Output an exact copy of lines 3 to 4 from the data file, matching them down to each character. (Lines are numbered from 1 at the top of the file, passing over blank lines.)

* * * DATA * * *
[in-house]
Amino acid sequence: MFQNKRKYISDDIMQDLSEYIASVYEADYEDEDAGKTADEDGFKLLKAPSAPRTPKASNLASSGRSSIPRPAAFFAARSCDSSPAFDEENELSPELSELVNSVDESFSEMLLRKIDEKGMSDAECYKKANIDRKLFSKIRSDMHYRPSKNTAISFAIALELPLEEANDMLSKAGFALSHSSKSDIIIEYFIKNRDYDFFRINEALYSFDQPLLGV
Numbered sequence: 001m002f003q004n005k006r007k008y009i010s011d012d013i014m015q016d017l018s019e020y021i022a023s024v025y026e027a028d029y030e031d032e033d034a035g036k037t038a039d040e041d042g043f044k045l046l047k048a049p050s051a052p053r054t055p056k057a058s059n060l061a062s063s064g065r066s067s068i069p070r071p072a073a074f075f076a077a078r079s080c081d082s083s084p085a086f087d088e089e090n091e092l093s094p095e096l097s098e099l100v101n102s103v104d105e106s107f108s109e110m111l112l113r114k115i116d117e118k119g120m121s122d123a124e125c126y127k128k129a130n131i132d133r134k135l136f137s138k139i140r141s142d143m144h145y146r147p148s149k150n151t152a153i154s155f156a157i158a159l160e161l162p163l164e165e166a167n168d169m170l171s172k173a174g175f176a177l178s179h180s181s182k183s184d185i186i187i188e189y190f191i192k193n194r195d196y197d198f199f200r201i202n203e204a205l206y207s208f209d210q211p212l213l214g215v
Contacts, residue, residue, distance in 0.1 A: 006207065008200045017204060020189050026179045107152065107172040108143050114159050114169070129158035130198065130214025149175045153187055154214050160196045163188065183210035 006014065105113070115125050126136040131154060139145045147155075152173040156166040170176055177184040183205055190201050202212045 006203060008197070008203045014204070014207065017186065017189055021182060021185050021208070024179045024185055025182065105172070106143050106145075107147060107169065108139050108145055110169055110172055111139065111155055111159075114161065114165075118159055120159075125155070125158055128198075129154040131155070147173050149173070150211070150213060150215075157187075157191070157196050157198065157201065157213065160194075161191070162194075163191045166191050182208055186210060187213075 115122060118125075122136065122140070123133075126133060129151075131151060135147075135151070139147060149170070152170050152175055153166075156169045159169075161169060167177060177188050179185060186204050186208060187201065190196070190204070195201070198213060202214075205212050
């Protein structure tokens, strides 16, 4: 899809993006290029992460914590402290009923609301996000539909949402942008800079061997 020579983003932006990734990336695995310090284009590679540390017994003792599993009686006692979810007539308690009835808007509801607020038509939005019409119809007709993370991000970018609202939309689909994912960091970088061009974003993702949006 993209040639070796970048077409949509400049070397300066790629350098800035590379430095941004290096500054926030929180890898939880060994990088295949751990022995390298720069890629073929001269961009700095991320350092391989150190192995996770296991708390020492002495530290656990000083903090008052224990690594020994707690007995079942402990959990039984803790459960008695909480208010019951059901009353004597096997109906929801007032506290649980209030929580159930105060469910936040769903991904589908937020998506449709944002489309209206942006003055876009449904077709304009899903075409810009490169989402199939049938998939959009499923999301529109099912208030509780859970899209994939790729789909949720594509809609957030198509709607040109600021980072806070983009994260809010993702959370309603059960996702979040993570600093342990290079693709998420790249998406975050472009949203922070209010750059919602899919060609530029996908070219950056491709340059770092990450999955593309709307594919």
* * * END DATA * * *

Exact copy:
Numbered sequence: 001m002f003q004n005k006r007k008y009i010s011d012d013i014m015q016d017l018s019e020y021i022a023s024v025y026e027a028d029y030e031d032e033d034a035g036k037t038a039d040e041d042g043f044k045l046l047k048a049p050s051a052p053r054t055p056k057a058s059n060l061a062s063s064g065r066s067s068i069p070r071p072a073a074f075f076a077a078r079s080c081d082s083s084p085a086f087d088e089e090n091e092l093s094p095e096l097s098e099l100v101n102s103v104d105e106s107f108s109e110m111l112l113r114k115i116d117e118k119g120m121s122d123a124e125c126y127k128k129a130n131i132d133r134k135l136f137s138k139i140r141s142d143m144h145y146r147p148s149k150n151t152a153i154s155f156a157i158a159l160e161l162p163l164e165e166a167n168d169m170l171s172k173a174g175f176a177l178s179h180s181s182k183s184d185i186i187i188e189y190f191i192k193n194r195d196y197d198f199f200r201i202n203e204a205l206y207s208f209d210q211p212l213l214g215v
Contacts, residue, residue, distance in 0.1 A: 006207065008200045017204060020189050026179045107152065107172040108143050114159050114169070129158035130198065130214025149175045153187055154214050160196045163188065183210035 006014065105113070115125050126136040131154060139145045147155075152173040156166040170176055177184040183205055190201050202212045 006203060008197070008203045014204070014207065017186065017189055021182060021185050021208070024179045024185055025182065105172070106143050106145075107147060107169065108139050108145055110169055110172055111139065111155055111159075114161065114165075118159055120159075125155070125158055128198075129154040131155070147173050149173070150211070150213060150215075157187075157191070157196050157198065157201065157213065160194075161191070162194075163191045166191050182208055186210060187213075 115122060118125075122136065122140070123133075126133060129151075131151060135147075135151070139147060149170070152170050152175055153166075156169045159169075161169060167177060177188050179185060186204050186208060187201065190196070190204070195201070198213060202214075205212050